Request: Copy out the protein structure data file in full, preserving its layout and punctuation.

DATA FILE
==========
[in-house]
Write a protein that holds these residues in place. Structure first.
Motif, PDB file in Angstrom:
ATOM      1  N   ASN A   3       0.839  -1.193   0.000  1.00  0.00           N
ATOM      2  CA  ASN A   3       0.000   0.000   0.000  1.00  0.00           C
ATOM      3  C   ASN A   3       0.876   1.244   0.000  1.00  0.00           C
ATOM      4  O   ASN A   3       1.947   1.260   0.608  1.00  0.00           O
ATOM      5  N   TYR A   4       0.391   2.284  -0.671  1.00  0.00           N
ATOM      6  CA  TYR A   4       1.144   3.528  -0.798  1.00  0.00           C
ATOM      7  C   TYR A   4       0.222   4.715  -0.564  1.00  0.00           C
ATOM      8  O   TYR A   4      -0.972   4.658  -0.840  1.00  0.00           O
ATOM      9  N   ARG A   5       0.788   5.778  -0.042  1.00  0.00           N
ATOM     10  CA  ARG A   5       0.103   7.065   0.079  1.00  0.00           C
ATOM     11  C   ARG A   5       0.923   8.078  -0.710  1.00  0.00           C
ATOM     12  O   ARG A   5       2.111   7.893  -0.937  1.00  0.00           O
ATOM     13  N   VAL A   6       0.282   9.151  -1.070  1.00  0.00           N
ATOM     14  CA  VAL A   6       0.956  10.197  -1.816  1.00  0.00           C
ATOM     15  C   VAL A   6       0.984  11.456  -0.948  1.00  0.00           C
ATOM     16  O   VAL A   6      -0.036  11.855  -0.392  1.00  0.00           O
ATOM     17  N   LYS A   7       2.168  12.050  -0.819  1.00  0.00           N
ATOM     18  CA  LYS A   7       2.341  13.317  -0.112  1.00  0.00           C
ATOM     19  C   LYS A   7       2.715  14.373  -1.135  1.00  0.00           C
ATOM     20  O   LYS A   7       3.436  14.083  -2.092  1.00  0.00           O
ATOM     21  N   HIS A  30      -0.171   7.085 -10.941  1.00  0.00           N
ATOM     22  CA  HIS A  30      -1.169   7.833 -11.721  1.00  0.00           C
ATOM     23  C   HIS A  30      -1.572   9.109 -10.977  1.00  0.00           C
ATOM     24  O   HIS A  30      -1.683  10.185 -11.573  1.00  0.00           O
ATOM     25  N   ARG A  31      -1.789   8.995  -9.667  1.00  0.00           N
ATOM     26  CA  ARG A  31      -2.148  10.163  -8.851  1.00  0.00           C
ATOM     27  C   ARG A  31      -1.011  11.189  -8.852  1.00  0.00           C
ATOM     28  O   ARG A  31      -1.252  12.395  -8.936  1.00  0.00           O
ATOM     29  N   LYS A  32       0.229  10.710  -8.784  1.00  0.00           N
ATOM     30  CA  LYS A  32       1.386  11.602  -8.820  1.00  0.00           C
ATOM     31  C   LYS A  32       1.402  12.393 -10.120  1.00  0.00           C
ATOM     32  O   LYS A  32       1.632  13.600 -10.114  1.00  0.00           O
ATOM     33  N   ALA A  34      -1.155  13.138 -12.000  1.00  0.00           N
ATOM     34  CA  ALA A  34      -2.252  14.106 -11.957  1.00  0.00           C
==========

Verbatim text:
[in-house]
Write a protein that holds these residues in place. Structure first.
Motif, PDB file in Angstrom:
ATOM      1  N   ASN A   3       0.839  -1.193   0.000  1.00  0.00           N
ATOM      2  CA  ASN A   3       0.000   0.000   0.000  1.00  0.00           C
ATOM      3  C   ASN A   3       0.876   1.244   0.000  1.00  0.00           C
ATOM      4  O   ASN A   3       1.947   1.260   0.608  1.00  0.00           O
ATOM      5  N   TYR A   4       0.391   2.284  -0.671  1.00  0.00           N
ATOM      6  CA  TYR A   4       1.144   3.528  -0.798  1.00  0.00           C
ATOM      7  C   TYR A   4       0.222   4.715  -0.564  1.00  0.00           C
ATOM      8  O   TYR A   4      -0.972   4.658  -0.840  1.00  0.00           O
ATOM      9  N   ARG A   5       0.788   5.778  -0.042  1.00  0.00           N
ATOM     10  CA  ARG A   5       0.103   7.065   0.079  1.00  0.00           C
ATOM     11  C   ARG A   5       0.923   8.078  -0.710  1.00  0.00           C
ATOM     12  O   ARG A   5       2.111   7.893  -0.937  1.00  0.00           O
ATOM     13  N   VAL A   6       0.282   9.151  -1.070  1.00  0.00           N
ATOM     14  CA  VAL A   6       0.956  10.197  -1.816  1.00  0.00           C
ATOM     15  C   VAL A   6       0.984  11.456  -0.948  1.00  0.00           C
ATOM     16  O   VAL A   6      -0.036  11.855  -0.392  1.00  0.00           O
ATOM     17  N   LYS A   7       2.168  12.050  -0.819  1.00  0.00           N
ATOM     18  CA  LYS A   7       2.341  13.317  -0.112  1.00  0.00           C
ATOM     19  C   LYS A   7       2.715  14.373  -1.135  1.00  0.00           C
ATOM     20  O   LYS A   7       3.436  14.083  -2.092  1.00  0.00           O
ATOM     21  N   HIS A  30      -0.171   7.085 -10.941  1.00  0.00           N
ATOM     22  CA  HIS A  30      -1.169   7.833 -11.721  1.00  0.00           C
ATOM     23  C   HIS A  30      -1.572   9.109 -10.977  1.00  0.00           C
ATOM     24  O   HIS A  30      -1.683  10.185 -11.573  1.00  0.00           O
ATOM     25  N   ARG A  31      -1.789   8.995  -9.667  1.00  0.00           N
ATOM     26  CA  ARG A  31      -2.148  10.163  -8.851  1.00  0.00           C
ATOM     27  C   ARG A  31      -1.011  11.189  -8.852  1.00  0.00           C
ATOM     28  O   ARG A  31      -1.252  12.395  -8.936  1.00  0.00           O
ATOM     29  N   LYS A  32       0.229  10.710  -8.784  1.00  0.00           N
ATOM     30  CA  LYS A  32       1.386  11.602  -8.820  1.00  0.00           C
ATOM     31  C   LYS A  32       1.402  12.393 -10.120  1.00  0.00           C
ATOM     32  O   LYS A  32       1.632  13.600 -10.114  1.00  0.00           O
ATOM     33  N   ALA A  34      -1.155  13.138 -12.000  1.00  0.00           N
ATOM     34  CA  ALA A  34      -2.252  14.106 -11.957  1.00  0.00           C